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7 Die as Ships Collide in North Sea; Burning Gasoline Spilled

June 04, 1993|From Associated Press

OOSTENDE, Belgium — A British oil tanker collided in thick fog with a cargo ship and burst into flames Thursday, killing at least seven and spewing tons of burning gasoline into the North Sea.

Firefighters extinguished the flames Thursday afternoon, more than 10 hours after the tanker British Trent collided with the Western Winner, a Panamanian-registered cargo ship, off this North Sea resort.

Two crew members from the tanker were still missing, and six crew members suffered burns, including the ship's captain. No one from the cargo ship was hurt.

Klaus Brusselmans of the Belgian Interior Ministry said there would be little environmental damage since most of the leaked gasoline burned or evaporated.

However, the environmentalist group Greenpeace warned that chemicals from the gasoline could hurt marine life.

"Once again we have a major oil disaster in European waters," Greenpeace campaigner Paul Horsman said in a statement.

The British tanker, carrying a crew of 36 and 24,000 tons of unleaded gasoline, was traveling from the Belgian port of Antwerp to Fiumicino near Rome, said the owners, British Petroleum Group PLC.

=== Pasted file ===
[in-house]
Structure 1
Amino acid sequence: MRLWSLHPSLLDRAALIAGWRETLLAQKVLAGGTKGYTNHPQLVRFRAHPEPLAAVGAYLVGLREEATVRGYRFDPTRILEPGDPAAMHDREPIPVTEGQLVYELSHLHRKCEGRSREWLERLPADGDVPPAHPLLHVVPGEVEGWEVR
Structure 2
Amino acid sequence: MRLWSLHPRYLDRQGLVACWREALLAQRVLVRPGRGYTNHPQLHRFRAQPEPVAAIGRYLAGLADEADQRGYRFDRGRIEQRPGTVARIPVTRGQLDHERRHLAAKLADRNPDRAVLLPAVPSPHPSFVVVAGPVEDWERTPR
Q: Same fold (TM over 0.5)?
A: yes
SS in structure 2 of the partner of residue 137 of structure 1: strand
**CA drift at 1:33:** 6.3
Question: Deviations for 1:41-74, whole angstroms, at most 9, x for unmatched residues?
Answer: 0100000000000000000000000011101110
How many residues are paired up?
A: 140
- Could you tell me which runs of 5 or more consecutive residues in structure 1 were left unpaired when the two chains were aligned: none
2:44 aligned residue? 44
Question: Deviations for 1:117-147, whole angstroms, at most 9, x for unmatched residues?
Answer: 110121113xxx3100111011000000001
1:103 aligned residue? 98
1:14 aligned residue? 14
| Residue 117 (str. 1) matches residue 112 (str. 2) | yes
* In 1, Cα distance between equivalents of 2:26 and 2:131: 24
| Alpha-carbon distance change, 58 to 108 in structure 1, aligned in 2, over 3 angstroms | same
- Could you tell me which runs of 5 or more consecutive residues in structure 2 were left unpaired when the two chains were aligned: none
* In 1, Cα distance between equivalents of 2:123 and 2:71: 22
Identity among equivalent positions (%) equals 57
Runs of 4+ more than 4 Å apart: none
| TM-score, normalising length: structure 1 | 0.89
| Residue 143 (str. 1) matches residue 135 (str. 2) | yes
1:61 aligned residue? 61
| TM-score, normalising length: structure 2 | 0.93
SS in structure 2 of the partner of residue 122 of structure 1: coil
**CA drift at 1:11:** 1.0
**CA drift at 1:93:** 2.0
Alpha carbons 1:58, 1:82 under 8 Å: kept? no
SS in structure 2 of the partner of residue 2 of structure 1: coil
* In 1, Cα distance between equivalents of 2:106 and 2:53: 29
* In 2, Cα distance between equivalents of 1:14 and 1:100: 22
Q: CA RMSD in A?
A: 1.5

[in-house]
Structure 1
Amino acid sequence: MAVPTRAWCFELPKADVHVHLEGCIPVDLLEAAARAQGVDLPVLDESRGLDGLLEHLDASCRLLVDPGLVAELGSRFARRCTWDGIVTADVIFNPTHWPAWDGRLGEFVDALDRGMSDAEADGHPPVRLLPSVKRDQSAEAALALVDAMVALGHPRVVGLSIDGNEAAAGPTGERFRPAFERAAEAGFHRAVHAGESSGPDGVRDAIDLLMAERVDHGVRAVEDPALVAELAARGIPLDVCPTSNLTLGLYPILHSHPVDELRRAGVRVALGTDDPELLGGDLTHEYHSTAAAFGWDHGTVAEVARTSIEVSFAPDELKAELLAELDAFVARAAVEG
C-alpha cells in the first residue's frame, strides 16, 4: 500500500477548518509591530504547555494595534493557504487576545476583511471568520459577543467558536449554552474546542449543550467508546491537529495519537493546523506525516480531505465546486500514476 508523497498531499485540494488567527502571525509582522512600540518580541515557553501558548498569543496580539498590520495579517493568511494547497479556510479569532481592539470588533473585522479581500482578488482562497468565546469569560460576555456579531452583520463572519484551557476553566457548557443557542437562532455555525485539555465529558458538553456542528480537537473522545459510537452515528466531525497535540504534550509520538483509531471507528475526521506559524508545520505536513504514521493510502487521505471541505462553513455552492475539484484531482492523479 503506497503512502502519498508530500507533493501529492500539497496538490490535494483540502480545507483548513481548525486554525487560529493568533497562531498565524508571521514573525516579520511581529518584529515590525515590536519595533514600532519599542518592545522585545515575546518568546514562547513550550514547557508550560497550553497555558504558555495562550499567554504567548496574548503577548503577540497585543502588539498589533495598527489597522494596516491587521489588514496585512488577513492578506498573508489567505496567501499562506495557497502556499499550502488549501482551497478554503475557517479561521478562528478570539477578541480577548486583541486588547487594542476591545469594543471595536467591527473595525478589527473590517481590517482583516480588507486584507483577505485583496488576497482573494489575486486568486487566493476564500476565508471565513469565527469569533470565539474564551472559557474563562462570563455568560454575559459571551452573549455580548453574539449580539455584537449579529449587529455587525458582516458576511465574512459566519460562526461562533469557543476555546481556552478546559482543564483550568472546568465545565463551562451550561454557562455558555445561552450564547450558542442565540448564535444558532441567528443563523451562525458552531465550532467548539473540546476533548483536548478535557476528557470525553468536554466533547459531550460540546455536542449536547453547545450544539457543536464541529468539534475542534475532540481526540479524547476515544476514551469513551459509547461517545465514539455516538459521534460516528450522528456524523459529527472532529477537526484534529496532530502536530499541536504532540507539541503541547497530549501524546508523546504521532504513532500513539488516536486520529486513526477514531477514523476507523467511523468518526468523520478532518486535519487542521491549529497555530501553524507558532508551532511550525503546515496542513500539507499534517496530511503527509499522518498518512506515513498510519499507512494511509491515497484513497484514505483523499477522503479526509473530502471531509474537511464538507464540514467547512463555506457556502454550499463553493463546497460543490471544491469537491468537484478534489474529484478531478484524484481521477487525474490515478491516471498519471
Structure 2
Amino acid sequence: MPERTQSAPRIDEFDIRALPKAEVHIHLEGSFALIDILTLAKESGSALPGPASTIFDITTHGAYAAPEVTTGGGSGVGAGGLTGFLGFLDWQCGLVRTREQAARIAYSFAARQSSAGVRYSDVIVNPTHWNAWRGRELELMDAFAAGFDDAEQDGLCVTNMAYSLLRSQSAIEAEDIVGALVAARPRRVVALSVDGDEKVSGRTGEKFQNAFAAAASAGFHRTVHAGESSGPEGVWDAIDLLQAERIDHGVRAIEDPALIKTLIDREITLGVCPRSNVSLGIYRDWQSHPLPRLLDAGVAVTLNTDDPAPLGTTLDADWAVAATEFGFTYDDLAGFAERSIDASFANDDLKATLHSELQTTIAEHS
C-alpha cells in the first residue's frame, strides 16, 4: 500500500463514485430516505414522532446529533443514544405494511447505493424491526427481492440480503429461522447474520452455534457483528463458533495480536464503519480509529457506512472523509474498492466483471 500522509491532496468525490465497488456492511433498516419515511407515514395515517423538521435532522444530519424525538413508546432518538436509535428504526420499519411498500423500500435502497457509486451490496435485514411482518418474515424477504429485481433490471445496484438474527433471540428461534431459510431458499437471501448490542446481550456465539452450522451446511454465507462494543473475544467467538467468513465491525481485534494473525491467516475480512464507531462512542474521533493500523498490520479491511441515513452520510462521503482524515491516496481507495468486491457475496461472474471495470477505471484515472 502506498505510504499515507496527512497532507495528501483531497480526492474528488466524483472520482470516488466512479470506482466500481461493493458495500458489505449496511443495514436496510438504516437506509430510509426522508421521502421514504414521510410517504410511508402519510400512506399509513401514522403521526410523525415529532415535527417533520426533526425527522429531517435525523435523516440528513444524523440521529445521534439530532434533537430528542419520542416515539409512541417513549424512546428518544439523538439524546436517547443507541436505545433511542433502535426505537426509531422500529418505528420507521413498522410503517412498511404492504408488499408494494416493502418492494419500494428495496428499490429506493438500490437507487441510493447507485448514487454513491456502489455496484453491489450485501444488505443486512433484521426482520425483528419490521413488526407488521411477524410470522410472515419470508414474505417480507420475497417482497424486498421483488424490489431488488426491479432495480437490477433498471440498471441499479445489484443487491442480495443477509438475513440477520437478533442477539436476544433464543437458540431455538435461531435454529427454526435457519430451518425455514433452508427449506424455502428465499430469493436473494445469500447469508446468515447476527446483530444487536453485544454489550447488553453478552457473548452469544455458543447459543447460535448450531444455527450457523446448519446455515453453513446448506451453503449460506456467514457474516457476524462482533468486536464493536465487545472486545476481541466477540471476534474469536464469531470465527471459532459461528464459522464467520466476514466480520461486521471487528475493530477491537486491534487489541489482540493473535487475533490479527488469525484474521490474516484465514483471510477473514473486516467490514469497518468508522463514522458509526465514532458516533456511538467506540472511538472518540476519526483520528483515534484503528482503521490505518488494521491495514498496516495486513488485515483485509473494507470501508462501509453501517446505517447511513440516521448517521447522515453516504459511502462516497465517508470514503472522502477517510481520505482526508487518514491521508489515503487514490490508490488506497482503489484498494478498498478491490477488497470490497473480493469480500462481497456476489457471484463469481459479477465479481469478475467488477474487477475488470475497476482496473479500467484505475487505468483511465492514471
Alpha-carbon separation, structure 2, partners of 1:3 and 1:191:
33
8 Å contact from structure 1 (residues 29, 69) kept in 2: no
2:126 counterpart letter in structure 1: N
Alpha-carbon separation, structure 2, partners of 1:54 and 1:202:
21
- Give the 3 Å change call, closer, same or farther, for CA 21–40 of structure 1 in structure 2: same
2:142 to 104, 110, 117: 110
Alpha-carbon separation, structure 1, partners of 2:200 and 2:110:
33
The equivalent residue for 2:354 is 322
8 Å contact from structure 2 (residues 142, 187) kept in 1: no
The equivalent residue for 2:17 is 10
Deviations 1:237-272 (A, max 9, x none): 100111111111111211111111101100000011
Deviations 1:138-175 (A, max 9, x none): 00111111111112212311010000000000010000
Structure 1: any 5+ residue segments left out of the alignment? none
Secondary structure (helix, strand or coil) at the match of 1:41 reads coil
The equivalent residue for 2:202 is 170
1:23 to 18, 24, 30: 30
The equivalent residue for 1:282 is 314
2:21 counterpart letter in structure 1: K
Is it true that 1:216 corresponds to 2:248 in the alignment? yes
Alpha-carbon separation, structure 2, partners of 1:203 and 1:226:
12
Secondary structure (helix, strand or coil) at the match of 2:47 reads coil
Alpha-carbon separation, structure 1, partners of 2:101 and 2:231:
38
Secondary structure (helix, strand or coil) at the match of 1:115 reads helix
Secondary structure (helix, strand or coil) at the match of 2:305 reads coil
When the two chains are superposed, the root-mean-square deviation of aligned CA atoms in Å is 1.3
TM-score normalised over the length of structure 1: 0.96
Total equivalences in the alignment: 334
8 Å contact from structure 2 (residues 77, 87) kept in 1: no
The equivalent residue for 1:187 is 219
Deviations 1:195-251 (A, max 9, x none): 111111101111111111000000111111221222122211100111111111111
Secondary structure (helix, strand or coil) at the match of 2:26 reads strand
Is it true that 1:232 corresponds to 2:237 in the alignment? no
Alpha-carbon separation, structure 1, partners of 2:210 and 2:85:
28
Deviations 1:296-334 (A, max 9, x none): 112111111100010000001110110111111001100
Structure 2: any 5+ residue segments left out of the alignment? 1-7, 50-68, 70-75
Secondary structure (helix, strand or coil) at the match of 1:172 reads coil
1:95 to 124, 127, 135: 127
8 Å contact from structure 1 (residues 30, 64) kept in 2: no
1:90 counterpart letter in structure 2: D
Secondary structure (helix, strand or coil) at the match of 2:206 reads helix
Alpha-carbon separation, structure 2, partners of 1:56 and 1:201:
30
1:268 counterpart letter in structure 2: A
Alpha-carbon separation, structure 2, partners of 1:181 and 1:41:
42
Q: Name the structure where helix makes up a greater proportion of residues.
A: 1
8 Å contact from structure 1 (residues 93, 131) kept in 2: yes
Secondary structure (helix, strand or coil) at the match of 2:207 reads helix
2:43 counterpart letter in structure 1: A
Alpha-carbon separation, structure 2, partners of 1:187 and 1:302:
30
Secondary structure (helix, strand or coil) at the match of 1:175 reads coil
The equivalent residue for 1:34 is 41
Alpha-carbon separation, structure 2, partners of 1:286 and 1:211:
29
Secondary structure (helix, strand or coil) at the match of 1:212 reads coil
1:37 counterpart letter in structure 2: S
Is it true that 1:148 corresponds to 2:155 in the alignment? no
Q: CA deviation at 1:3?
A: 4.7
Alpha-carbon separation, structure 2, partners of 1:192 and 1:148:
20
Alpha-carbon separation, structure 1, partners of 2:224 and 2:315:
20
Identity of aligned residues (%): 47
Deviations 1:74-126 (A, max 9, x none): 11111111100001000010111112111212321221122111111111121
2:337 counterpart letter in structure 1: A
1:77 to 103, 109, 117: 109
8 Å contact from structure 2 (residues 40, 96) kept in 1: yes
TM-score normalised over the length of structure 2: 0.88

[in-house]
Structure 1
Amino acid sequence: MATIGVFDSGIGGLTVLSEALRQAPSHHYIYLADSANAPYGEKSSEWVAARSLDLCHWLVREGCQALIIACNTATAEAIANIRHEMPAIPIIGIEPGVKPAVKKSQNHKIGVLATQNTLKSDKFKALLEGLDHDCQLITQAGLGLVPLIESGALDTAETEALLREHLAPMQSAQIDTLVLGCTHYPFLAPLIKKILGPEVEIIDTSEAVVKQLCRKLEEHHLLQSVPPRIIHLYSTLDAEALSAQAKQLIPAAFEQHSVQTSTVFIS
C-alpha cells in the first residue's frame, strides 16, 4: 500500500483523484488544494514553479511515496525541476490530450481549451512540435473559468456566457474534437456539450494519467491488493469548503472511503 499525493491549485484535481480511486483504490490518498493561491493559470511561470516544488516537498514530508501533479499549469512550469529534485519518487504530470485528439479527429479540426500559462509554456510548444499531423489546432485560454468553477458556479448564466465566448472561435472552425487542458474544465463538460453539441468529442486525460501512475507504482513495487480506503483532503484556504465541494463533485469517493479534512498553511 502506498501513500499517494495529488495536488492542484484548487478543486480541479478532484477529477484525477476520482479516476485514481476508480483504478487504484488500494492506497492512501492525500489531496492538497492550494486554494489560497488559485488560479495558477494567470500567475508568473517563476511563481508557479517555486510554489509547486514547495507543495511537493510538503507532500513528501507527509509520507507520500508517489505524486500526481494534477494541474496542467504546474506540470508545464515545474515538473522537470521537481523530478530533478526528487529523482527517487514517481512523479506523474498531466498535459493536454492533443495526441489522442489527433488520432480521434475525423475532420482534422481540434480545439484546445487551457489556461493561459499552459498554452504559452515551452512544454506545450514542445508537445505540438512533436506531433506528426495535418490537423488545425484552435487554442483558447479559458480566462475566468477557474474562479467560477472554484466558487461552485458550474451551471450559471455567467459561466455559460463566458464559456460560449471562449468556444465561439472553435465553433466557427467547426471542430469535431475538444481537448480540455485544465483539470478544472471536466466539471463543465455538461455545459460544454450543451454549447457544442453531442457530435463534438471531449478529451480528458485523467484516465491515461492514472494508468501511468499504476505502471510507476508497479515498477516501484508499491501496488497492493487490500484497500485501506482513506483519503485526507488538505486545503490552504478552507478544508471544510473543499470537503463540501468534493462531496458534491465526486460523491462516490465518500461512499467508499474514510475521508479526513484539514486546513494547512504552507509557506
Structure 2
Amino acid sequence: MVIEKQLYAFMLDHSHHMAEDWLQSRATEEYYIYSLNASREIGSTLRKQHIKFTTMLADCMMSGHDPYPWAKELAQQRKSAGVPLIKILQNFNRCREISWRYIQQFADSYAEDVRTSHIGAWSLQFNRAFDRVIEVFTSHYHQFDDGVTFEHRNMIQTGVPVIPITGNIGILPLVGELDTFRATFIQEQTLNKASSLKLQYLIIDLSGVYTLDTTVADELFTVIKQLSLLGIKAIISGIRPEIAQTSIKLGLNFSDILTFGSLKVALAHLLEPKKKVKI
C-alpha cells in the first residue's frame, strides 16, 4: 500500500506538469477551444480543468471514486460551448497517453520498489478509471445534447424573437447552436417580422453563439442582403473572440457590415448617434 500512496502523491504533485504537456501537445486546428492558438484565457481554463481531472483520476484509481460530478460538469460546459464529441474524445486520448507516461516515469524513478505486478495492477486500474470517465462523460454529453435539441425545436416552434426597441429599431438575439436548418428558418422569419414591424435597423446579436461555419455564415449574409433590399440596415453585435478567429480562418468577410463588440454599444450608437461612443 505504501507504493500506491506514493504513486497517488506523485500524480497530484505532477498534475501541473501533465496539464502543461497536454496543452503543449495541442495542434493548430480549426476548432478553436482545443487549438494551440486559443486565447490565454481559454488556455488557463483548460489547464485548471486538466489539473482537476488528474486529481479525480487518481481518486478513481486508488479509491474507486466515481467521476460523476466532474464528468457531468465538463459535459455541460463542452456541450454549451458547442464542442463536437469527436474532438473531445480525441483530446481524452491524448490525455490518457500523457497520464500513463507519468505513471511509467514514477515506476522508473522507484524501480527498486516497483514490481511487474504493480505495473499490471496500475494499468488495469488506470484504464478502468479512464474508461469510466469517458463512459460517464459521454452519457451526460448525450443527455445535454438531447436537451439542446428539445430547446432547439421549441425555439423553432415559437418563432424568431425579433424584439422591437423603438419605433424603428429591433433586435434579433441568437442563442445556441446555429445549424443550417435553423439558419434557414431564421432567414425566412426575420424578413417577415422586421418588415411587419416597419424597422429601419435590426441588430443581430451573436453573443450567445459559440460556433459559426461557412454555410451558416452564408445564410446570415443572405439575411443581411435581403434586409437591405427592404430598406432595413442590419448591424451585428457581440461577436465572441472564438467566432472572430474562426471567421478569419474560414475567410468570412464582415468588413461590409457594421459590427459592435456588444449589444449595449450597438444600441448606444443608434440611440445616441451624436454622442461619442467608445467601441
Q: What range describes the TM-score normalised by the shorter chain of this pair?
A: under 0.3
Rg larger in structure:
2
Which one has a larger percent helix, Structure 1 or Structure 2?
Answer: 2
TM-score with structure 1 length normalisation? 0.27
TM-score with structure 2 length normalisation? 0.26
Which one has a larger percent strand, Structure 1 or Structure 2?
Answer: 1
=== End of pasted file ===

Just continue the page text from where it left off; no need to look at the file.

Many of the British Trent's crew members jumped into the water after the collision.

"There was no time for anything. We tried to get into the (life) boats and then the flames came," seaman Ian Rippon said.

Two of the dead were British, two were Irish and two were from Sierra Leone in West Africa, said Raymond Vereecken, general manager of Henri Serruys hospital in Oostende. He said the seventh body had not been identified.

Rescue workers said there was little chance of finding the missing crew members alive.

Thursday's collision was the worst accident off Belgium's coast since 1987, when 188 people died after the British ferry Herald of Free Enterprise sank while leaving the port of Zeebrugge.

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